Chinese President Xi Jinping on Tuesday announced plans to allow foreign companies greater access to China’s financial and manufacturing sectors and to reduce China’s 25% tariff on imported automobiles.
“In a world aspiring for peace and development, the Cold War and zero-sum mentality look even more out of place,” said Xi during a 40-minute speech to business leaders on the island of Hainan. “Putting oneself on a pedestal or trying to immunize oneself from adverse developments will get nowhere.”
Xi stated that China “does not seek [a] trade surplus” and has been a victim of unfair trade penalties. Xi urged “developed countries” to relax export controls on China and expressed a desire to “reinforce cooperation within the G-20, APEC, and other multilateral frameworks.”
Among policies that will be implemented “sooner rather than later,” said Xi, include: increased imports, improved protection of intellectual property, increased transparency for foreign investors, and increased foreign-equity caps in the banking, securities, and insurance industries.
Xi’s speech, which lacked mention of the US or President Trump, comes amid trade tensions that have disrupted markets and fueled worries about a trade war between the US and China.
President Trump has implemented tariffs on key Chinese exports and threatened to tax an additional $150 billion in Chinese goods to decrease our trade deficit with Beijing and to punish China for intellectual property theft. China responded to these offenses by announcing new tariffs on over 230 American products including fruit, pork, and Boeing.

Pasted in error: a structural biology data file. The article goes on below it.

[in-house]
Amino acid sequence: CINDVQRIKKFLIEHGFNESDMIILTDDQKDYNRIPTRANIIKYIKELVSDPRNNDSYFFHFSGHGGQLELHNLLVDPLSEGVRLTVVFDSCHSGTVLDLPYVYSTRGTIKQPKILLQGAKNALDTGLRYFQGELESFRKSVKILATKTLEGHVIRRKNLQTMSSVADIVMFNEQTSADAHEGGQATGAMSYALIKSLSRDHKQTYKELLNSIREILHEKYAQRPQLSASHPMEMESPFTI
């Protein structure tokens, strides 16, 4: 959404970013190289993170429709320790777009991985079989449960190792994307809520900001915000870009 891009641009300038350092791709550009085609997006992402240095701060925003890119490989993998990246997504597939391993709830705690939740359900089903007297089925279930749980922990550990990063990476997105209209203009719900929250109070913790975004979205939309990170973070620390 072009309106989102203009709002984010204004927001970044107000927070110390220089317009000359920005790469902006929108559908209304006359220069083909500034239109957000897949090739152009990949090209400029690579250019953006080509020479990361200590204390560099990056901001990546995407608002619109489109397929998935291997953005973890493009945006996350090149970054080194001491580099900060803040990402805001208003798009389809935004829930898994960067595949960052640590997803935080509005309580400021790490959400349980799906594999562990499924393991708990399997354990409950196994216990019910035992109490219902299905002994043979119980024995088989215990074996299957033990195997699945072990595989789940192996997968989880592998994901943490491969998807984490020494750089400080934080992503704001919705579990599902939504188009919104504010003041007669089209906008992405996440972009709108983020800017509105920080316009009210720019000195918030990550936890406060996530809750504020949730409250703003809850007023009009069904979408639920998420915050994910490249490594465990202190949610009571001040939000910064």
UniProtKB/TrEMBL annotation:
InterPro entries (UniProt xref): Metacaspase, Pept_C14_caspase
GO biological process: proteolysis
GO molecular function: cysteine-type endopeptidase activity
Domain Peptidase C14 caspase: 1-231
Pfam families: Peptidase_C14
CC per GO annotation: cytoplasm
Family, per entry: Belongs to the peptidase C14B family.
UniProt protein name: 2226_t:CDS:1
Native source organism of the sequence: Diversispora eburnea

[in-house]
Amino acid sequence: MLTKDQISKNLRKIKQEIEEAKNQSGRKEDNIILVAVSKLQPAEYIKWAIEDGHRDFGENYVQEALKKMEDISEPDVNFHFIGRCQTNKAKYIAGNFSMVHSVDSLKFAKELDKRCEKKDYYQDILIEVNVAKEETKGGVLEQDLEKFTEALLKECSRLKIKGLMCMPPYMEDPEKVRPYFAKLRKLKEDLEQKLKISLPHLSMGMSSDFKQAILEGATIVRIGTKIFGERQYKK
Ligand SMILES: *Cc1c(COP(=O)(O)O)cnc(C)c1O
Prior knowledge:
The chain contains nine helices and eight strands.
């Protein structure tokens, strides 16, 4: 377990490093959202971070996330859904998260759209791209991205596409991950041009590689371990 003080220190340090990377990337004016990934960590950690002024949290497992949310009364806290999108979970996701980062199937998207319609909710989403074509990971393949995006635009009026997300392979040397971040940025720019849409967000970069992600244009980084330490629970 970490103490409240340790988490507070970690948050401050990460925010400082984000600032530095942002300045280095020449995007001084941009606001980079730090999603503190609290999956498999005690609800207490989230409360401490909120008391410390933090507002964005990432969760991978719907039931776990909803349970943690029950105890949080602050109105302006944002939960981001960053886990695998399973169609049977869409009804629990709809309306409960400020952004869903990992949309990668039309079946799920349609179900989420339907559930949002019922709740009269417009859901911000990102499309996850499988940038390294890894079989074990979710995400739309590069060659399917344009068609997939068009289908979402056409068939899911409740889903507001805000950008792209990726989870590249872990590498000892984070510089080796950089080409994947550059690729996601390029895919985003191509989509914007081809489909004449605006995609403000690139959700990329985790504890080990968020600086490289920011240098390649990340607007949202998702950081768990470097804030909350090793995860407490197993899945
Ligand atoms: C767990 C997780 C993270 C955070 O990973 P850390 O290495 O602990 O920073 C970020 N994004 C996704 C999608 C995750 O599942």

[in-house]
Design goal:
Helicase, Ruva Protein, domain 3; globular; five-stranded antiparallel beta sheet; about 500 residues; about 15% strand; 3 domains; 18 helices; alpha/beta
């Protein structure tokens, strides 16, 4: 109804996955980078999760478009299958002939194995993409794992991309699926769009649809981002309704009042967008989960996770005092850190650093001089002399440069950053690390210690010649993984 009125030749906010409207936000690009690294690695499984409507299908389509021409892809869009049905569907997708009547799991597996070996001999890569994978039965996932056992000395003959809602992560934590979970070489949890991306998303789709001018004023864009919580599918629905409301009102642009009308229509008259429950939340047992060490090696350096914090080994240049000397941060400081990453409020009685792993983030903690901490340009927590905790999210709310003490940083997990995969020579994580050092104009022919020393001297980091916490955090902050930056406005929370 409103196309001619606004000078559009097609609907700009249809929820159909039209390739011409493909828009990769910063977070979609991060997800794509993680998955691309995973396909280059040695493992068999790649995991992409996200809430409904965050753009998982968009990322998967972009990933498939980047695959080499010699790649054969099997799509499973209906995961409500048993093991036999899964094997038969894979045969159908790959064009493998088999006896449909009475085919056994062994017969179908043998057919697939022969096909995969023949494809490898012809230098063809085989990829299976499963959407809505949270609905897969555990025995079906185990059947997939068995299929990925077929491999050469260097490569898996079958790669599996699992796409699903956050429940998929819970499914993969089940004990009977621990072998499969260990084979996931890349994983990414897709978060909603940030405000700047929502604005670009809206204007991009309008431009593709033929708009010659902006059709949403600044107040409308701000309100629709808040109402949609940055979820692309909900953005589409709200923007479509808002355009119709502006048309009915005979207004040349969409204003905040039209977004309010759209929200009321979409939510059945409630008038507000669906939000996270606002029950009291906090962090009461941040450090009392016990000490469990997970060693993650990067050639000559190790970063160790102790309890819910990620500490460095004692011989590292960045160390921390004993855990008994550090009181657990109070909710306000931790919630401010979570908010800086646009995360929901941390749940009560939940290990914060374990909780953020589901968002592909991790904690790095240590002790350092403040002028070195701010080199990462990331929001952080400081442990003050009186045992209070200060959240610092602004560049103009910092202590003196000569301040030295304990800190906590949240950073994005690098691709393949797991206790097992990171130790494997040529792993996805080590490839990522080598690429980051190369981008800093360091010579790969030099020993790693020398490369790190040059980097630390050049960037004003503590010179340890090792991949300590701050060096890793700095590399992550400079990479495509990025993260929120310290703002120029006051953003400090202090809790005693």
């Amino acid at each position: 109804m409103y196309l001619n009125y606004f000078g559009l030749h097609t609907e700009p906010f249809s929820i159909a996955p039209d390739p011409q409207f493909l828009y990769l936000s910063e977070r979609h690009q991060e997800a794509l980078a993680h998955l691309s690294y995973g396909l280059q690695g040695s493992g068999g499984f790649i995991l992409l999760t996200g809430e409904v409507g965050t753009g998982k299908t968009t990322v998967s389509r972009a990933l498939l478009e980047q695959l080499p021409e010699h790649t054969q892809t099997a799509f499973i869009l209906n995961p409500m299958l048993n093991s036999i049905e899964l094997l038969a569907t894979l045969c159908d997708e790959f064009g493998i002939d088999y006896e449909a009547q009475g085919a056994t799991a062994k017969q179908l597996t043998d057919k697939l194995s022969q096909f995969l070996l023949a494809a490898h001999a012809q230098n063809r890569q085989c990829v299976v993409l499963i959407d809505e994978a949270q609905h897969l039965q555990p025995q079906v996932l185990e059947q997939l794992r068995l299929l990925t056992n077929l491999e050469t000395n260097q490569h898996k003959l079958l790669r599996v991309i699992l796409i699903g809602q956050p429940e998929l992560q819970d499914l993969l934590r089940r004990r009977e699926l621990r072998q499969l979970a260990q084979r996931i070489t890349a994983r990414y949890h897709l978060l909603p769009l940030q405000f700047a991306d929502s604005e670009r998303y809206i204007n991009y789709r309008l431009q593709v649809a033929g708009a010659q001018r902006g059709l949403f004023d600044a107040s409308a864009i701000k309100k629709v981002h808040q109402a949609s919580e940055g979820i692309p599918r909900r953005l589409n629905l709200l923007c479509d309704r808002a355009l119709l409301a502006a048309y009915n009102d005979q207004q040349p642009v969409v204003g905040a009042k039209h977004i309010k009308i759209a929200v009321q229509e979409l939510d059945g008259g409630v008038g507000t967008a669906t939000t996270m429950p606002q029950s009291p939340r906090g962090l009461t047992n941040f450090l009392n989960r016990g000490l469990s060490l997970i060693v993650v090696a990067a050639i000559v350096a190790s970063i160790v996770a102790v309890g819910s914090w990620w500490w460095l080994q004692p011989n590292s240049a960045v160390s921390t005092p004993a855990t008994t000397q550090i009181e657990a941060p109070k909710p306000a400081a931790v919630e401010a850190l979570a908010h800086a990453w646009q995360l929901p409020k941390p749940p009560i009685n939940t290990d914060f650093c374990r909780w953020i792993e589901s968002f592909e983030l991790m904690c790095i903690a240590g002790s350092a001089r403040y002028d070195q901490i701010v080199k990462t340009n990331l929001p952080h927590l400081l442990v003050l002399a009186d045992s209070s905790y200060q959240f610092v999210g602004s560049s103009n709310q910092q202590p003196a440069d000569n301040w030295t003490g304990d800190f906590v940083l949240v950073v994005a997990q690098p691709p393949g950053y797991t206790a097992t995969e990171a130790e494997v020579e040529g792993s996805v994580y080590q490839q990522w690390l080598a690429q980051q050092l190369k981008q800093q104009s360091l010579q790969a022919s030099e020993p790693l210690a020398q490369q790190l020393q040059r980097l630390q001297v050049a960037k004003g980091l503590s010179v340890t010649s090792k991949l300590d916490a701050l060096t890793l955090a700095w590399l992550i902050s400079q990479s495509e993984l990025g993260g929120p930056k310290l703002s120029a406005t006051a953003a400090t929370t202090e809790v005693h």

“President Xi was trying to strike a balance,” says US Chamber of Commerce Vice President Myron Brilliant. “[He] spoke in terms of China’s own need and commitment for market reform and liberalization, but no doubt he was also sending a signal to the US government that he wants there to be cooperation and dialogue, not conflict and a trade war.”
Others worry that Xi’s failure to provide a timeline means the proposals he suggested will never be implemented.
“This speech did not represent a major shift in Chinese policy and it is likely the US-China trade dispute will require more negotiation,” warns JP Morgan market strategist Chaoping Zhu.
As noted by the Wall Street Journal, Xi’s policy speech was delivered on the 40th anniversary of market reforms that allowed China to become “the world’s factory floor” and “second-largest economy and biggest trading nation.”
Xi’s speech was delivered the same day China filed a complaint with the World Trade Organization over President Trump’s tariffs on steel and aluminum.
Editor’s note: Trump’s negotiating tactics are beginning to cause some movement, but this is not over by any means. China has many generations of good negotiators.